Today we woke up on a mission: visit schools…whatever it takes. We fuelled up on caffeine and hit the road. First stop: the government school around the corner from our hotel. I had wandered by it last week when I went for a walk and since it was so close we though it may be a good place to start. At best, we were hoping to be invited in to see the students in class, worst case scenario – be kicked out of the school.
We arrived at the front gate of the first school and asked for the principal. We were taken into the main office where I introduced us at Newcastle University students and asked if school was in session. The principal said yes, and then I asked if it would be possible to get a tour and speak to some students and teachers. Fun fact: when people in India don’t want to help you, they all of a sudden can’t speak or understand English. We were promptly waved off and told to leave. C’est la vie. On to the next!
Steph and Pau remembered a school they had passed on their walks to ARK during the week so we decided to head that way next. We stopped off by a bookstore on the way and Steph was able to purchase a couple of history textbooks that will hopefully help with her dissertation. The next school was a co-ed senior secondary school. A very nice gentleman on the street helped us communicate with the woman at the gate who invited us in and took us to meet the principal.
Unlike the first school, this principle welcomed us in with no hassle at all. He noted (as we were already aware) that testing was in process, so we couldn’t interact with students, however, he did call a couple teachers over and one was nice enough to give us a full tour of the school. We ran into the Vice Principal and a long-standing Maths teacher during our tour and they invited us in for tea. We ended up chatting with them for over an hour and even had the chance to give them a few of our teacher surveys. They were incredible welcoming and very interesting to talk with. Many had been at this school teaching or in administration for decades. It did spark my internal skepticism about the amount of “work” they actually do day-to-day, but their hospitality was undeniable and they were kind enough to welcome us in unannounced so I will reserve my judgement on their teaching abilities.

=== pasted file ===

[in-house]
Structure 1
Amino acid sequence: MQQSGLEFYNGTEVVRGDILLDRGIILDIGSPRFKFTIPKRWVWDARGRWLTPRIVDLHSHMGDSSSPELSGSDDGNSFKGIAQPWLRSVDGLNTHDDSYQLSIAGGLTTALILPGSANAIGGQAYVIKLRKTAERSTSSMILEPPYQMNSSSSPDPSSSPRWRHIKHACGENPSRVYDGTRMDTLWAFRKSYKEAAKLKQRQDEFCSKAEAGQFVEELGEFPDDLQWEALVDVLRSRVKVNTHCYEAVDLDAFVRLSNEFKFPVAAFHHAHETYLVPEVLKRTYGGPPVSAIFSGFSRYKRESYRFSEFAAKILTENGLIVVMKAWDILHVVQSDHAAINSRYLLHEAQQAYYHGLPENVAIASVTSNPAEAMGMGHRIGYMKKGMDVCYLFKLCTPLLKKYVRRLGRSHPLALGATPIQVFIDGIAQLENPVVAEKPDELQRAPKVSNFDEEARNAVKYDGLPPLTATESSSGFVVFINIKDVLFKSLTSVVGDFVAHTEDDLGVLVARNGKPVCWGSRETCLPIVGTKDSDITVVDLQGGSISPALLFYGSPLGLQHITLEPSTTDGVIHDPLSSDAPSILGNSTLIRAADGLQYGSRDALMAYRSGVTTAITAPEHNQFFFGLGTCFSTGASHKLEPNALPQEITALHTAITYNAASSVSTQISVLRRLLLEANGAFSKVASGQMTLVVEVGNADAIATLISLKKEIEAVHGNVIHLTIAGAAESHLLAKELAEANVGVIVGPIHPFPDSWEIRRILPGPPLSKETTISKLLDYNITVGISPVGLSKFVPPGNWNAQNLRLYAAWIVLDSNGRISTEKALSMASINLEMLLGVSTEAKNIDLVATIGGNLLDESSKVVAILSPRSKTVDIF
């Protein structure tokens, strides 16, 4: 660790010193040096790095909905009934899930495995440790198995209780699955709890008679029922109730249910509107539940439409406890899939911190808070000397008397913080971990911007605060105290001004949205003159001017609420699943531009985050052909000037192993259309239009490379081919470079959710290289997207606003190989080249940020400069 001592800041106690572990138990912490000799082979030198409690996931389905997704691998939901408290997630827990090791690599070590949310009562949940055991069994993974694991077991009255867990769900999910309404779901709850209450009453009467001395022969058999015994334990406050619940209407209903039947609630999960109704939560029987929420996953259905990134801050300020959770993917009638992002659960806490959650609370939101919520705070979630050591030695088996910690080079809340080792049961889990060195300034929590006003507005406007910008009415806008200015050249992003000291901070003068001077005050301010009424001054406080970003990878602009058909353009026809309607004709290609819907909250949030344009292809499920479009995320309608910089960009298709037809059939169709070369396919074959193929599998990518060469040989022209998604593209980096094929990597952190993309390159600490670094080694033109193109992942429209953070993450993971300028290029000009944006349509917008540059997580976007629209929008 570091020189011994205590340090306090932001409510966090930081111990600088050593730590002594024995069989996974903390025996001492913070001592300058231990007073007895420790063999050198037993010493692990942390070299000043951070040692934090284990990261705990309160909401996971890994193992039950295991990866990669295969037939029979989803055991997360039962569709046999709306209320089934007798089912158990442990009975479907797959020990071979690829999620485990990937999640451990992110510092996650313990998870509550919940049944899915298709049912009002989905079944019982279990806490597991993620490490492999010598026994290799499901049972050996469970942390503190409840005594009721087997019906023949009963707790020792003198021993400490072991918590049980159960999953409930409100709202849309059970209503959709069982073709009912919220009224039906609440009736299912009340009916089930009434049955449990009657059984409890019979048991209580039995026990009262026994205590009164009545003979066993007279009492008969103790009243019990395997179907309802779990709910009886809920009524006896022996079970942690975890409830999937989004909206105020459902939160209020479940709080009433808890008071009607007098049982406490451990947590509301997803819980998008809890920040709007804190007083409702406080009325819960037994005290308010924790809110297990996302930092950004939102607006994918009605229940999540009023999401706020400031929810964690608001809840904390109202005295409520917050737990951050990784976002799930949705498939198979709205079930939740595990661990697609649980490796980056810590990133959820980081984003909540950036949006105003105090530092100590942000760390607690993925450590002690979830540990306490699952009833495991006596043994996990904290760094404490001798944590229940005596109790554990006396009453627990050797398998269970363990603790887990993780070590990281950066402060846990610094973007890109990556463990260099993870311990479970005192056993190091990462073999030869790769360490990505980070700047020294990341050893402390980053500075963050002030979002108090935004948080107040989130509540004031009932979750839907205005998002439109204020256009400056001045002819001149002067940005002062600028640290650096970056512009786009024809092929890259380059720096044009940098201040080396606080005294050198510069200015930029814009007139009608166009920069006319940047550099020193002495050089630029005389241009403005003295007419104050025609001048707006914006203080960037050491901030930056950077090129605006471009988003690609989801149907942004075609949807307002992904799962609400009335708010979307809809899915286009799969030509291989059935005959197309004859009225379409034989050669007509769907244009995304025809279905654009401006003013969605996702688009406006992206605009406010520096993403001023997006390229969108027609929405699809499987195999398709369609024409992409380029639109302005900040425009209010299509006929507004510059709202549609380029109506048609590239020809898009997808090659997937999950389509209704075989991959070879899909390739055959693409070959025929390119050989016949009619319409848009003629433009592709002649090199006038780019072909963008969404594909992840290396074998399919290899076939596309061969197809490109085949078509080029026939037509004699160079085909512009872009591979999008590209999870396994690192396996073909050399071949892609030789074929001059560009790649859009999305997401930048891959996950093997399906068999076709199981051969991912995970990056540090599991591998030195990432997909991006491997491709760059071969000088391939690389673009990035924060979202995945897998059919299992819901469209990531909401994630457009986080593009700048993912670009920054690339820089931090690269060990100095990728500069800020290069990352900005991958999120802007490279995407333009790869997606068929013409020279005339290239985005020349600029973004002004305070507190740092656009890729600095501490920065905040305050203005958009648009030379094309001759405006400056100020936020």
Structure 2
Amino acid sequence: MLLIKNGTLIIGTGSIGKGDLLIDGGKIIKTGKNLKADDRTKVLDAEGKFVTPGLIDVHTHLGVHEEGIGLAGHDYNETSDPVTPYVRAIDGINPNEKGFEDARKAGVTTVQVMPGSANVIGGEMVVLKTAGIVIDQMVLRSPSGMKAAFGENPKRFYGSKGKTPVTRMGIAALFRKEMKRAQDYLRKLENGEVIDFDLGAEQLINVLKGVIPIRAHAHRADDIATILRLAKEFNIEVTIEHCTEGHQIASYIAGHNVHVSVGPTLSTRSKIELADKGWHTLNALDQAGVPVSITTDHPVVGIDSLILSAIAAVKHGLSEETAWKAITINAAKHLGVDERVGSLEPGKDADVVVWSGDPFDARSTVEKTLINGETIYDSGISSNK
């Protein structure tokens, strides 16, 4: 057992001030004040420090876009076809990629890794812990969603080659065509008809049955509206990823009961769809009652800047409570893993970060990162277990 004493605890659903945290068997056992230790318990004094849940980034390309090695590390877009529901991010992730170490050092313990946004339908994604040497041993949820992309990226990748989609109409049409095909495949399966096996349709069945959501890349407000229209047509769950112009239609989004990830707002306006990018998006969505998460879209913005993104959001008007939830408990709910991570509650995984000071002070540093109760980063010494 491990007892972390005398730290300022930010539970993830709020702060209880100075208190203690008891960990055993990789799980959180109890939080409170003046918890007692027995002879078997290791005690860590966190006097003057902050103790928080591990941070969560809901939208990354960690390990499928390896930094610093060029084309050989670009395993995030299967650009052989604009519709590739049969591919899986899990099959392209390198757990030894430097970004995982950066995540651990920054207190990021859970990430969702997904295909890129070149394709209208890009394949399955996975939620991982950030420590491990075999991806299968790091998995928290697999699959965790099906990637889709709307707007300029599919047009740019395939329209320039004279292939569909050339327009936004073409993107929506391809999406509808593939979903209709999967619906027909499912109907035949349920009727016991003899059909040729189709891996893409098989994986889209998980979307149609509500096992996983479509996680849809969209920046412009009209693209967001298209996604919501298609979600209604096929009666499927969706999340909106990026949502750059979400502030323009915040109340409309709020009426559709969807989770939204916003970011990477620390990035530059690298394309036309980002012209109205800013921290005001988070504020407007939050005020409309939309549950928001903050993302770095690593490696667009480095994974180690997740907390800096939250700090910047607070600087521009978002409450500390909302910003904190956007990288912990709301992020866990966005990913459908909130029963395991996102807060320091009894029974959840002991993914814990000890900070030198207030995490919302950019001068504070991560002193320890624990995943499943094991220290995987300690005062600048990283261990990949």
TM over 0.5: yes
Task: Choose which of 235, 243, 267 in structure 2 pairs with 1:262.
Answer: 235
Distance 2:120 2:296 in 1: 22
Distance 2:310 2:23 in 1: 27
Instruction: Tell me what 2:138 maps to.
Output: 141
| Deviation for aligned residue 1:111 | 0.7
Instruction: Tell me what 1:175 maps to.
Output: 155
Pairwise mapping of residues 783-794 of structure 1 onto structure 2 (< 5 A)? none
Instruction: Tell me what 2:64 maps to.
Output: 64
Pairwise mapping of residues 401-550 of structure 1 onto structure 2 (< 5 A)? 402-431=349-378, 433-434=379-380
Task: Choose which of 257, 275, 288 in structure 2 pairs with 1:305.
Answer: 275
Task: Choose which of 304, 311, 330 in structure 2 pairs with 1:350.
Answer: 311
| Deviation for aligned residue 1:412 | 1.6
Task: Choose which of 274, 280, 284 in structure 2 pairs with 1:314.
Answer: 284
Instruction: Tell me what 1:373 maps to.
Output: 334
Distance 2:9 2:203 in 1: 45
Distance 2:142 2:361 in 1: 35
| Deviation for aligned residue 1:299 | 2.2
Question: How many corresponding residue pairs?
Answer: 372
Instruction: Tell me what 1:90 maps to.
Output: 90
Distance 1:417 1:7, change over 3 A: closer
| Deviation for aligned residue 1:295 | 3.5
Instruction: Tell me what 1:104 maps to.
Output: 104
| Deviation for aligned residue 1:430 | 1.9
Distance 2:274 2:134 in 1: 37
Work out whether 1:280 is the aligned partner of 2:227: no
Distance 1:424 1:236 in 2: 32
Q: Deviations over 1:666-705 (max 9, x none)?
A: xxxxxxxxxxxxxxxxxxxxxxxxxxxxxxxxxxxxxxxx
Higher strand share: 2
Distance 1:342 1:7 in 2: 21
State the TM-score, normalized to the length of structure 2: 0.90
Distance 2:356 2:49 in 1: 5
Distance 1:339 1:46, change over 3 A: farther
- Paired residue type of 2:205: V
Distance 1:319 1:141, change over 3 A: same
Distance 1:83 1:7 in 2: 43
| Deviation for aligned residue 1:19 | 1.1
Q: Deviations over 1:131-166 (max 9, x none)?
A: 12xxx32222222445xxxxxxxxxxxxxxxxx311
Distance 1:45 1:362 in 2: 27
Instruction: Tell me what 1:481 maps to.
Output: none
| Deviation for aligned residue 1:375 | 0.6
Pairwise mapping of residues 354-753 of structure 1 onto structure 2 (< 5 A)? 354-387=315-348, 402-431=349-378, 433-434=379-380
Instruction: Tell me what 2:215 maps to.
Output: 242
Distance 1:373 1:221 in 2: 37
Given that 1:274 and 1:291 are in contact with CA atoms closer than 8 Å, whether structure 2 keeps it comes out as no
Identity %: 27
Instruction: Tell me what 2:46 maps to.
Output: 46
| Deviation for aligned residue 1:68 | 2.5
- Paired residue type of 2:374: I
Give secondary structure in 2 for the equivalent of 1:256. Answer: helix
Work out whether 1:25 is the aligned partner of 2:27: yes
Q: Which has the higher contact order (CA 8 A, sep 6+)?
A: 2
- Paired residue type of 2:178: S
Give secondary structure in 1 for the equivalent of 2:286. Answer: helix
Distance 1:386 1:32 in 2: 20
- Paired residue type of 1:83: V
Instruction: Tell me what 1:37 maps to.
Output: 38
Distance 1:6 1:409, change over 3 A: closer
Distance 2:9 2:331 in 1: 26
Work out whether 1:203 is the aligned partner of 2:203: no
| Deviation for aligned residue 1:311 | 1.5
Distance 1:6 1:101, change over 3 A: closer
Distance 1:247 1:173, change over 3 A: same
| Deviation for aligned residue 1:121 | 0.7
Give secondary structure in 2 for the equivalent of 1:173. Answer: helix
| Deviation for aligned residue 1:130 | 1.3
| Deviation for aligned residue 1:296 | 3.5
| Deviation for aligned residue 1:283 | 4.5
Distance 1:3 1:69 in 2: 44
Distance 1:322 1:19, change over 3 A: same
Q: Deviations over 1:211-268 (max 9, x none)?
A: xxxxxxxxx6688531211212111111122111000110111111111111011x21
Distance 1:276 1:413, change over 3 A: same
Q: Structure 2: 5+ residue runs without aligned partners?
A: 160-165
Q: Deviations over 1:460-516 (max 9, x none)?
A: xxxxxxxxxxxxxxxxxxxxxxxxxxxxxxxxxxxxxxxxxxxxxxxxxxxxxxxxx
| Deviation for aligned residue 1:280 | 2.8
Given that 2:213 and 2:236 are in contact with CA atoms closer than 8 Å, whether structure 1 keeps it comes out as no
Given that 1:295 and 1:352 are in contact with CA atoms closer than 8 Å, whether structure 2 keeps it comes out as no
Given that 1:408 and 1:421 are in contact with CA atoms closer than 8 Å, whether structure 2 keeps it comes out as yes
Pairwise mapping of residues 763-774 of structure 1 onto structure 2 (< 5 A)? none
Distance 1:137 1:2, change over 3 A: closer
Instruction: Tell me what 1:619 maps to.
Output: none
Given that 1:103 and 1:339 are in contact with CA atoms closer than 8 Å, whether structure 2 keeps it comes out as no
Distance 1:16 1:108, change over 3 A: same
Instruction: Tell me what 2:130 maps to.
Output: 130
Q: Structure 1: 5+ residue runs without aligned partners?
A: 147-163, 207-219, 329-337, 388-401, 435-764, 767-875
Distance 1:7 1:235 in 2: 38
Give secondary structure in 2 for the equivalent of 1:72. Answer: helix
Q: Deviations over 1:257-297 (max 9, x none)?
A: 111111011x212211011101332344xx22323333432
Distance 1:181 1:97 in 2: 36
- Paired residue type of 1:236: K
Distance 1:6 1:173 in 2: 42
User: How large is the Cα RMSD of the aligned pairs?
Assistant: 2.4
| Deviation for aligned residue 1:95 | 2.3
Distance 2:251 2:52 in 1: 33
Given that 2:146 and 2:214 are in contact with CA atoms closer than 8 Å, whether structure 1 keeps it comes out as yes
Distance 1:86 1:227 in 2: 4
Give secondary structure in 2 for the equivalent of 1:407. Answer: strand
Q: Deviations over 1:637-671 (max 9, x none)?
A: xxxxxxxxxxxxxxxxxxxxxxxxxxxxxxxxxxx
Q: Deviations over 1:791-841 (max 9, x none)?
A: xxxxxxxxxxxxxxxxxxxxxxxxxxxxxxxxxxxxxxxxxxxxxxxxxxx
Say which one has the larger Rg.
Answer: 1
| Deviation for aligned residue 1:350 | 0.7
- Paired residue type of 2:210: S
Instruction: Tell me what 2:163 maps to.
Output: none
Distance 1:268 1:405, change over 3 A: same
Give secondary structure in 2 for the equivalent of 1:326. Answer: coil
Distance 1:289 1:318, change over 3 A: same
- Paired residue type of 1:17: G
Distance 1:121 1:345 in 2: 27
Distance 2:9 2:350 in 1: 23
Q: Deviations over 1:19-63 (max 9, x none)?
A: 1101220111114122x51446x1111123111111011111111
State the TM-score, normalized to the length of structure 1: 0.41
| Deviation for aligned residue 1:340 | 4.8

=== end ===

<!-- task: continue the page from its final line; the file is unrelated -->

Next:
The school facility really was impressive. They had a special needs class, ramps to make the school handicapped accessible, classrooms were large and the physics room had lab tables and necessary instruments. Compared to the low cost private schools, the facility was clearly more conducive to quality teaching, that said, we did not get to observe any classes, so it is hard to tell for sure.
After spending several hours with the teachers and having a final meeting with the Principal to share our thoughts and findings, we were exhausted and ready to head back to the hotel for some dinner. Darren had been feeling really ill, so we checked in on him and made our way to the Vasant Vihar area to have dinner with a colleague of Dr. Mitra’s that works with the SOLEs in Delhi. It was great to connect with her and hear more about her experience of education in India.
While we didn’t get the full experience of seeing a government school in action, it did feel good to at least get a tour and have those discussions with the government school teachers. We got a great contact today who offered to let us come out to his school on Thursday and we have another visit planned for a rural community on Friday. Unfortunately the meeting for tomorrow didn’t work out so it looks like we will do more knocking on doors tomorrow to see what we can find on our own.